Few plants are so sought after as rare Japanese maples and yet as far as collecting is concerned we westerners are what I would politely term as relative newbies. By way of example, during the Edo period in Japan (1603-1868) there were already over 250 varieties of Acer palmatum that had been selected and cultivated. Currently there are in excess of 1,000 cultivars available and hardly a day goes by at the nursery when I am not asked for one of these rarities. So I thought I would dedicate an entire article to the intricacies of this species, while also including two more that are often mistaken for it , both of which are known by the common name Fullmoon maple – those being Acer shirasawanum and A. japonicum.
More than Just a Name
I often get complaints about the complexity or difficult pronunciation of the Japanese cultivars but I think a quick translation will give you an appreciation of their beauty. While some of these such as ‘Koto-no-ito’ (harp strings), ‘Sango kaku’ (coral tower), ‘Osakazuki’ (leaf like a Saki cup), ‘Ukigomo’ (floating clouds) and ‘Seiryu’ (blue-green dragon) serve as straight descriptors, other cultivar names are melodic like a haiku poem. A few good examples of these would be ‘Asahi zuru’ (the dawn swan), ‘Shojo shidare’ (cascading red-faced monkey), ‘Hoshi kuzu’ (star-studded sky), ‘Beni komachi’ (beautiful red-haired little girl) and my favourite ‘Oridono nishiki’ (richly coloured fabric of the master). Semantics aside, there are other good reasons to pay close attention to the proper species and cultivar name as they provide clues to both foliage colour and form. By way of example, the term dissectum usually refers to weeping forms while ‘Aureum’ denotes gold foliage.
Care of Japanese Maples
Although they are not difficult to maintain, Japanese Maples have specific growing requirements. The first and most important of these is well-drained soil, as wet conditions will almost always result in their demise during our often soggy winters. Their preference is for a lightly acidic pH (which is not a problem here on the coast) with some organic matter. Planting depth is also critical, as even a few inches of buried stem will quickly rot the bark; so always plant at the top of the root flare, no deeper. While they tolerate quite a range of exposures from open shade to full sun, some varieties will scorch in hot exposed sites while red-leaved forms will fade to a bronze-green when planted in shade. Fertilize once in spring, usually April, using a balanced or slow release (10-10-10 or 14-14-14) formulation. For pruning you need to use a light hand, so choose a smaller cultivar rather than one that will require constant clipping to keep it in check. Remove dead wood in late February when it is easy to see and do any light structural pruning at the same time. For maximum growth reduction, prune immediately after the sap stops running and the leaves have opened to their full size, often in May. Almost all Japanese maples are grafted, so you are going to have to remove any vigorous green suckers that appear from below the graft or they will quickly overwhelm the top portion. One last note on pruning is to sterilize your tools (secateurs, loppers, saws) between trees using rubbing alcohol, Lysol or 10% bleach in water to prevent the spread of Verticillium wilt; which is one of the few fungal problems that we have to contend with. I consider most Japanese maples hardy to USDA zone 5, although some varieties will thrive in slightly colder regions when given the right microclimate.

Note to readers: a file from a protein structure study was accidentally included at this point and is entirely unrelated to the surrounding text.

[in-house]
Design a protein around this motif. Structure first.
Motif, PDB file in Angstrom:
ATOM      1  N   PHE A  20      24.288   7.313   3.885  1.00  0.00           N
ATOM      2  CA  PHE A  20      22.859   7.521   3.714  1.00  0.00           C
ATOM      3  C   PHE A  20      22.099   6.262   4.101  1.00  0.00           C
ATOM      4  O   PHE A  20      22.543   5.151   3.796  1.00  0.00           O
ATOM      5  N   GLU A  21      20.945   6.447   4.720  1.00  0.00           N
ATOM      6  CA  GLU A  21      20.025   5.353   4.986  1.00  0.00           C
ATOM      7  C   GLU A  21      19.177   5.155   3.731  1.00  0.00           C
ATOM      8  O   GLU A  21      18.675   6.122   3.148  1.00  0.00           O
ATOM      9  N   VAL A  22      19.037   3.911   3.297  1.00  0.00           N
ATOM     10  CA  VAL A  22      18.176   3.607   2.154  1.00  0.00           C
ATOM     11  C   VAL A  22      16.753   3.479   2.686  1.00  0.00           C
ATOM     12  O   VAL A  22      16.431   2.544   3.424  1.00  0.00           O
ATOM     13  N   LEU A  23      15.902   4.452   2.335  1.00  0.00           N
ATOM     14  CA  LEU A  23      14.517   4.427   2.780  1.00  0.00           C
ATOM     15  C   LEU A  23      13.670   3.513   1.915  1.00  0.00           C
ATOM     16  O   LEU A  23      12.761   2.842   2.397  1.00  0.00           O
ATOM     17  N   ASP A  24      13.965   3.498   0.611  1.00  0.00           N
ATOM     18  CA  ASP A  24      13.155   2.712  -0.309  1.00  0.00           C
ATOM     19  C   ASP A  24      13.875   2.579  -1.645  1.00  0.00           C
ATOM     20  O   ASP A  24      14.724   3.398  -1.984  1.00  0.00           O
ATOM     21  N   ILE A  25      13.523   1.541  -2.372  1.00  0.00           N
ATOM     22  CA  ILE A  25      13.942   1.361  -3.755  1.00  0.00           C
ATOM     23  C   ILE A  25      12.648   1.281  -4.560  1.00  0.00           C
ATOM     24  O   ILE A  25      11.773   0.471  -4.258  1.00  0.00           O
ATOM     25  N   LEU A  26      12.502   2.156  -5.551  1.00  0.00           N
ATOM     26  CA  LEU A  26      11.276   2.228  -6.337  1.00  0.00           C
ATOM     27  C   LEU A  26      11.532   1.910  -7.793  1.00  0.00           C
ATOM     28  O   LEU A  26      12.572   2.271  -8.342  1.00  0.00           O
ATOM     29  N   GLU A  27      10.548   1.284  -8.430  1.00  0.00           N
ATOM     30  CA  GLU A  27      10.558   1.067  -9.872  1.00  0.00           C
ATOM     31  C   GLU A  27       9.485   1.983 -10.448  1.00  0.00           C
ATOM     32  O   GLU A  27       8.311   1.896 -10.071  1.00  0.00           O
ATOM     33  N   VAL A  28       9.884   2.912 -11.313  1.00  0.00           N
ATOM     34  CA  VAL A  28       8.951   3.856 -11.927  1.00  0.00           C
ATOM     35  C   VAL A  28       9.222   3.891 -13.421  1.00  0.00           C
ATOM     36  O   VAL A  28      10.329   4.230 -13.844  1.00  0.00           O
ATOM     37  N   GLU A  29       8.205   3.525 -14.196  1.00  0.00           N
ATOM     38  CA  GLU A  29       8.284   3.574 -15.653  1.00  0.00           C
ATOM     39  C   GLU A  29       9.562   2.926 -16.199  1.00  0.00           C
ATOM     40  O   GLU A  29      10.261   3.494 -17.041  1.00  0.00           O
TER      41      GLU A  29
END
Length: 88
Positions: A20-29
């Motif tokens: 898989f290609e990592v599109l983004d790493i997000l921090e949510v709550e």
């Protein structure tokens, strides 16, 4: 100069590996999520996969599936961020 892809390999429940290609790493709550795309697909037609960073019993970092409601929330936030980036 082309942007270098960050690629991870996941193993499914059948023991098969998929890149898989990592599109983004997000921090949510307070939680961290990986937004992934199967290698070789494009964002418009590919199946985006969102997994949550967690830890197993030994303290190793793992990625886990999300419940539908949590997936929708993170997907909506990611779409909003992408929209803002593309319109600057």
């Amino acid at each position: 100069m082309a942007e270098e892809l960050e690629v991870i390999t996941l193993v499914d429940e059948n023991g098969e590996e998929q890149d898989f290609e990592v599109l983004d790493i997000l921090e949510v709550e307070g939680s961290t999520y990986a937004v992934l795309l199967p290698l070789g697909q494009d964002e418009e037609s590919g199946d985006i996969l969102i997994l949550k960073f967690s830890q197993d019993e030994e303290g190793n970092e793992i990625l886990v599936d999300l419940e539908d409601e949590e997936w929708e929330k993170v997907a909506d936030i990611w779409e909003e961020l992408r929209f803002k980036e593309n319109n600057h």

Some people are under the impression that these cultivars stay small, but what they lack in height they more than make up for in width – so don’t plant them too close to the sidewalk or driveway where they will need to be hacked bluntly on one side as this ruins the natural form; an option in constrained planting areas is to use the slower growing ‘Red Filigree Lace’ with its very finely cut foliage. At the other end of the spectrum is Acer japonicum ‘Green Cascade’, a monstrous specimen with large green leaves that shift to a vibrant orange in fall; as this one can grow 6-8’ tall by 10-12’ wide at maturity it is best used on large banks. Your standard red-leaved cultivars for the home garden include ‘Garnet’, ‘Red Dragon’, ‘Inaba Shidare’, ‘Ever Red’ and ‘Tamuke yama’, while the less popular green forms such as ‘Waterfall’ and ‘Viridis’ actually have spectacular fall foliage. For a little colour variation try the ever-changing ‘Orangeola’ (orange, red and green) or ‘Pink Lace’ which emerges with subtle rose margins.
A Blast of Spring Colour